Salem High School hockey information and statistics from the first season to the present

Ron Chisholm's Skate Sharpening

Sharpener Competence

Presented by:   Ron Chisholm - a dedicated hockey fan, parent of four players, and past player and coach of many years.

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Skate Sharpener Competence

Be choosey

Skate sharpeners have always had a variety of competence.  Yesterday's consumers shopped for value and quality.  Better skate sharpeners were sought after, while less capable skate sharpeners ceased operating due to a bad reputation.  In recent years, consumer values have changed.  Today's consumers often shop for convenience, thereby allowing the poor quality operators to flourish.

How does your skate sharpener stack up?

How to tell if your sharpening is bad

  • Your skate blades chatter during a hard stop.
  • You don't skate as well as you feel that you can.
  • Your blades show traces of brown or black color, as the blade was over-heated and has been re-tempered.  
  • Your blades have good height in the center, but the tips are ground away.
  • You are unsteady on your skates, possibly caused by reshaping the blade profile.
  • You lose an edge when turning, usually caused by uneven edges.

How are blade profiles changed?

Because of the lack of standards and limited training, most skate sharpening is done freehand and as "best guess".  Most skate sharpeners don't regard skate sharpening as a total service, and focus on one or two aspects of the whole job.  The most common skate sharpening mistakes are unthinkingly changing the blade's profile, the blade's center of balance, or both.
 
 Some skate sharpeners "Rocker" skate blades, either on request or because they honestly believe they are helping the skater.  Rockering is a free-hand operation, and is inexact at best, meaning that the profile on each skate will be different.  Rockering is the placement of a heel-to-toe arc on the skate.  Rockering is usually the cause of excessive grinding away of the tips of the blade.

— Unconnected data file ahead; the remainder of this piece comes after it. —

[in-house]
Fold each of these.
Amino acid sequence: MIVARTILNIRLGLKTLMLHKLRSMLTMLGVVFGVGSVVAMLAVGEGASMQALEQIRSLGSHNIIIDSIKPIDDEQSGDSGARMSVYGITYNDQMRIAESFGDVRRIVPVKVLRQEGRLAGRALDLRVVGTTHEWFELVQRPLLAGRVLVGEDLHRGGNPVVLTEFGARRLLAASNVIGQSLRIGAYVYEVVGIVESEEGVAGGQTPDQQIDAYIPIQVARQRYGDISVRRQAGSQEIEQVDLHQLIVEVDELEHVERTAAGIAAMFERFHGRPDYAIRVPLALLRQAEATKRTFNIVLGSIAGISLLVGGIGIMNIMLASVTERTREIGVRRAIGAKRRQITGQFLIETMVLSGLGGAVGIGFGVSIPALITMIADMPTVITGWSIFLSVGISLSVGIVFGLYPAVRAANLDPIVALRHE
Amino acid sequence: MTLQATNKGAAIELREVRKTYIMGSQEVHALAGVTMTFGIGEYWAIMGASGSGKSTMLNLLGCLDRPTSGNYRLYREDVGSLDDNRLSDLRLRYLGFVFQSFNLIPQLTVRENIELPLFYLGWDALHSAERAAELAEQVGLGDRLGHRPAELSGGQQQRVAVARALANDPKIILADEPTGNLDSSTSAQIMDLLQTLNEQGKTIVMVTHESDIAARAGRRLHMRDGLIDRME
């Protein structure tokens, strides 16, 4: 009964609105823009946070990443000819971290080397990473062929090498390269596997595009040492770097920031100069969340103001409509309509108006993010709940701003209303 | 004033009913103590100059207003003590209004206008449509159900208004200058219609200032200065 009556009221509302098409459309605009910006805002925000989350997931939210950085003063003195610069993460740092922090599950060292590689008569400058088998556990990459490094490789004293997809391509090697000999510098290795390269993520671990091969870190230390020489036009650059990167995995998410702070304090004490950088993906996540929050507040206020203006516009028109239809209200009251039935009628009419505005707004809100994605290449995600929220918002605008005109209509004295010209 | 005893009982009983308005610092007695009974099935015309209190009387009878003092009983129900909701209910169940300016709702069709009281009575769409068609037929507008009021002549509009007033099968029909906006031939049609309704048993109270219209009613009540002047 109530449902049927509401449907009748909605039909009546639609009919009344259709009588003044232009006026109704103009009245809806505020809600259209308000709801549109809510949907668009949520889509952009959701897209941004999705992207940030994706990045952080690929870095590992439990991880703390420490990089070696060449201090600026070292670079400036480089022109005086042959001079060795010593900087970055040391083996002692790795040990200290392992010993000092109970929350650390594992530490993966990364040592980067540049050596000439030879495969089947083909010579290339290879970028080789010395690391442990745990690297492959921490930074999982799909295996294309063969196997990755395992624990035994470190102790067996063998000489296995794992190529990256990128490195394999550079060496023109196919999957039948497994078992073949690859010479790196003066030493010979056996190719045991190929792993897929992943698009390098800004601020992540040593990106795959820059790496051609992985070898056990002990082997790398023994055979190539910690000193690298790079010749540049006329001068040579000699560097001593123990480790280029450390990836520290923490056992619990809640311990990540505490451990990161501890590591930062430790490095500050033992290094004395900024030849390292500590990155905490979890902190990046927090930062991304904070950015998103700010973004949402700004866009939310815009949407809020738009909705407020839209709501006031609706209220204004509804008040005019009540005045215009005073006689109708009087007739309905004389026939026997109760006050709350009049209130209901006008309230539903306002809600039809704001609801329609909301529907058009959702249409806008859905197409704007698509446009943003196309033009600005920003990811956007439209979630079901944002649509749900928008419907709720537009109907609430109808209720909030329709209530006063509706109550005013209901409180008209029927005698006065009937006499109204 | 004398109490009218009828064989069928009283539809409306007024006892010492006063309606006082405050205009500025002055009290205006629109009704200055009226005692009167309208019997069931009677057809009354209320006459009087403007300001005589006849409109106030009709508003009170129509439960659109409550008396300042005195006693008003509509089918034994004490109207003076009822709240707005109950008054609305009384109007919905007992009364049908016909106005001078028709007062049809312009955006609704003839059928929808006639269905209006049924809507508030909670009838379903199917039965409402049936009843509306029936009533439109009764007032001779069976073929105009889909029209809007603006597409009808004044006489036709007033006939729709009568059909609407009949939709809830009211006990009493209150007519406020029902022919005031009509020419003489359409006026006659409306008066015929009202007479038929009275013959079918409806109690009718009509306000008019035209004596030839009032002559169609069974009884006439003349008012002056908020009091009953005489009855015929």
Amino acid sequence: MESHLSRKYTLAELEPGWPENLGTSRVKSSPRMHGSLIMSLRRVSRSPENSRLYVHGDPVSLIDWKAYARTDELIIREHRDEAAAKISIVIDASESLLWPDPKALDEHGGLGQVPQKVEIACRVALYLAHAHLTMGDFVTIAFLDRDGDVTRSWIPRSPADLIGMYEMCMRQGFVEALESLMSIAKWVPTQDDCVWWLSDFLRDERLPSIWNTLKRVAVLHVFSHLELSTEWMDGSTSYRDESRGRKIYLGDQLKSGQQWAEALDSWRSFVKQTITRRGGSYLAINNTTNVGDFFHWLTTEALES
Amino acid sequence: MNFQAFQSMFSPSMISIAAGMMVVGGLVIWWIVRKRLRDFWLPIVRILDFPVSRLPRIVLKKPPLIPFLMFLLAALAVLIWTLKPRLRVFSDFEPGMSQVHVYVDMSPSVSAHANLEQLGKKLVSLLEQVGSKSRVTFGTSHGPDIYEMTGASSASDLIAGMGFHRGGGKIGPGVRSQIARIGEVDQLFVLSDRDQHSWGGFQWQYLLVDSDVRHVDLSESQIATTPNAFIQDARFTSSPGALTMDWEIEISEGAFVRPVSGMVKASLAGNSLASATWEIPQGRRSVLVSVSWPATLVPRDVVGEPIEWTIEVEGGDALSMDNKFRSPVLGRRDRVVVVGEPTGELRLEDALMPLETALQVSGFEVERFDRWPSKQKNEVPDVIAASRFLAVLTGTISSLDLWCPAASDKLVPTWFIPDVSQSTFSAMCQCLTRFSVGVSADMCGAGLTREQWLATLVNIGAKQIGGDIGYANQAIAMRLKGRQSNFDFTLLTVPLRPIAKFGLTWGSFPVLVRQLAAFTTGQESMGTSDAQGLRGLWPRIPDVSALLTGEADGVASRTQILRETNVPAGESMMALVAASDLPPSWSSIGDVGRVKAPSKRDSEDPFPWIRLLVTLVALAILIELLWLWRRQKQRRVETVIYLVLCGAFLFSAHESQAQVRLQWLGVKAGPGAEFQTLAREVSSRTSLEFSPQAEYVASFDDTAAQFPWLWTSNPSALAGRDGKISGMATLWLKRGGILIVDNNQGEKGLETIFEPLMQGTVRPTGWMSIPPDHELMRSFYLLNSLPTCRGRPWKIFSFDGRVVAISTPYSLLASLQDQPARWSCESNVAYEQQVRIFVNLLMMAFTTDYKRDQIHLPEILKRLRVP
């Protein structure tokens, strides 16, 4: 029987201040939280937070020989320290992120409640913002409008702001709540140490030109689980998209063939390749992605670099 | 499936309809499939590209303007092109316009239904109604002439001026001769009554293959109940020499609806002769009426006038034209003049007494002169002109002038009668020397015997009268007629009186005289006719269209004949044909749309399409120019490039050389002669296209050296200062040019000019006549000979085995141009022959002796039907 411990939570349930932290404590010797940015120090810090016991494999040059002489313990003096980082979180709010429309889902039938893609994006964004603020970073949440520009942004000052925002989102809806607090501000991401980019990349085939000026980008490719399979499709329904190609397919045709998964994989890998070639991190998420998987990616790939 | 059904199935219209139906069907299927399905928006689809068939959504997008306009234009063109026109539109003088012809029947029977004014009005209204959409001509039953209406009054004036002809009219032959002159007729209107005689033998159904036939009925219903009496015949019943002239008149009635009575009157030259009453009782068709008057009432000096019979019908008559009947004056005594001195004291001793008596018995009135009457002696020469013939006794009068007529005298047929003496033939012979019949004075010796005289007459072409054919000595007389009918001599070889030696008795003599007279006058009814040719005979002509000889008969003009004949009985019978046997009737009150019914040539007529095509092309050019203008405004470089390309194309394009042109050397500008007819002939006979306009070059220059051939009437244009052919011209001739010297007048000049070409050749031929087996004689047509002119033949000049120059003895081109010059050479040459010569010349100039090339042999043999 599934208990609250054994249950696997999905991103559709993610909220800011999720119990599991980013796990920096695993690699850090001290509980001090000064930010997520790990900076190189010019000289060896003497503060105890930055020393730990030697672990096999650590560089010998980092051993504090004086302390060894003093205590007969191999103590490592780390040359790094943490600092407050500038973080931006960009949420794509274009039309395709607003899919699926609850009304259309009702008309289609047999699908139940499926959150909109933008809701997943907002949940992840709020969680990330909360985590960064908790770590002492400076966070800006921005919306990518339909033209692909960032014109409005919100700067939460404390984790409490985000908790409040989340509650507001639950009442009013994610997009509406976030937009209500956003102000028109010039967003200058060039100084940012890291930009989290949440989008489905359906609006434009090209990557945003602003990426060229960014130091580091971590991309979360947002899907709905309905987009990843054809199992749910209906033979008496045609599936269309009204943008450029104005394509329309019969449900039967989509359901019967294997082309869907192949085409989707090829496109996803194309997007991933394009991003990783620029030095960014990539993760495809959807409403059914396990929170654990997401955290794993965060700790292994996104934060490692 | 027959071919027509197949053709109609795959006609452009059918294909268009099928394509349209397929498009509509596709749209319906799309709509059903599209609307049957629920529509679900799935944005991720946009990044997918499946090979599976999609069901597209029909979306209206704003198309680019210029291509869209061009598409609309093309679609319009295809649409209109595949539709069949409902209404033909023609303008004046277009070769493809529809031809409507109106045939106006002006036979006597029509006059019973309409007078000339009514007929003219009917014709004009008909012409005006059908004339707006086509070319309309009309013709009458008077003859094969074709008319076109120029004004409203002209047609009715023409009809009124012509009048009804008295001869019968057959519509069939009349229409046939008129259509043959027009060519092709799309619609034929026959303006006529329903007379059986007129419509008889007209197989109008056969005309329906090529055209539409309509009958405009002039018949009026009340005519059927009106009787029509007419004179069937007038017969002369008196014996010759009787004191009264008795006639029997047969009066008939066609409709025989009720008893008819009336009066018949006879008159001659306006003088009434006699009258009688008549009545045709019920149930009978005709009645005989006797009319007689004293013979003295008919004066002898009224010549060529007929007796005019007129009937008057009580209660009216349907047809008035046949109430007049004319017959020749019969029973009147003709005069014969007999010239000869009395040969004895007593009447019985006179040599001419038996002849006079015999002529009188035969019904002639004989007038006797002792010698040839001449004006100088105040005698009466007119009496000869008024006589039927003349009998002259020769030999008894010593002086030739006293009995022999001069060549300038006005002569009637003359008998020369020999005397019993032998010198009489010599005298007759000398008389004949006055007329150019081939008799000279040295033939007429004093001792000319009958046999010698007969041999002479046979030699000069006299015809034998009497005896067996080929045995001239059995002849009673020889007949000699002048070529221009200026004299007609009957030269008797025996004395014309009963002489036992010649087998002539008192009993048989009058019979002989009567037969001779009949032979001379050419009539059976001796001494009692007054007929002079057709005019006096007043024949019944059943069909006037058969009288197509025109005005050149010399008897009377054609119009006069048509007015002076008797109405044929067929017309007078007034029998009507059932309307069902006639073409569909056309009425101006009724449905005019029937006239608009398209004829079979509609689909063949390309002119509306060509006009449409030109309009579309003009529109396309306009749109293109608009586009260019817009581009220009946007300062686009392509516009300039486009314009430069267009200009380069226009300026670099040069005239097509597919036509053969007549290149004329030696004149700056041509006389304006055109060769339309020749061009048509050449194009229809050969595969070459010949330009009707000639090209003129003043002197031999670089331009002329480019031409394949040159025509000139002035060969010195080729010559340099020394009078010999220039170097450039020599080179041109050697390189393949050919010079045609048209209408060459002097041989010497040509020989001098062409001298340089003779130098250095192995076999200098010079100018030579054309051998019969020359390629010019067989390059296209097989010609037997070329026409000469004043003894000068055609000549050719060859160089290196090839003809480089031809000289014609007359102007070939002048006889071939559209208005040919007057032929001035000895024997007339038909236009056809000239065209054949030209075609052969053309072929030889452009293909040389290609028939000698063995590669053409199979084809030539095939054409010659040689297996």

Repairing the damage caused by poor skate sharpening

In the worst case, skate blades need replacing.  In other cases, the skate blades may be saved by using a proven profiling or contouring system such as Custom Radius.  (See more on Custom Radius Profiling.)

Re-profiling restores blade shape, and balance, and is a cost effective way to repair skate blades.

Re-profiling involves removal of material from the skate blade, but in an orderly and measured way.  Metal cannot be added to damaged skate blades, and blade tips which have been ground off cannot be restored without blade replacement.

Freehand skate sharpening routinely causes erosion of a blade's profile.  Capable skate sharpeners can control this erosion, and keep it to a minimum.

Newly profiled skates can be corrupted again by poor skate sharpening.  Unless you are careful where you get your skates sharpened, you may be wasting your money by having your skates repaired by re-profiling.

Keeping the damage from recurring

The best defense against suffering skate damage caused by poor skate sharpening is to be choosy where you shop for sharpening.  Word of mouth will usually tell you where to avoid getting your skates sharpened.  If you know a capable, reliable skate sharpener, whom you trust and have confidence in, stick with that skate sharpener.

However if you use a shop just because it's convenient, then you are leaving yourself wide open to getting shoddy workmanship, and no value for your money.

Listen to the skater, because it's the skater who uses the skates.  The skater should have the last word as to when and where the skates are sharpened, and yes, the young kids can tell the difference between a good and bad sharpening.

Avoid last minute skate sharpening by getting it done well before you have to use your skates.  You shouldn't have to accept convenience over competence.

Additional Sharpening and Skate Information


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The information on this site has been collected from official scoresheets and from on ice observations.  As such, the final statistics are not to be construed as official or sanctioned by the Salem High School Athletic Department or by the NHIAA.  However, much of this information is not available from any other sources.

2014 Ron Chisholm & Associates
Salem, NH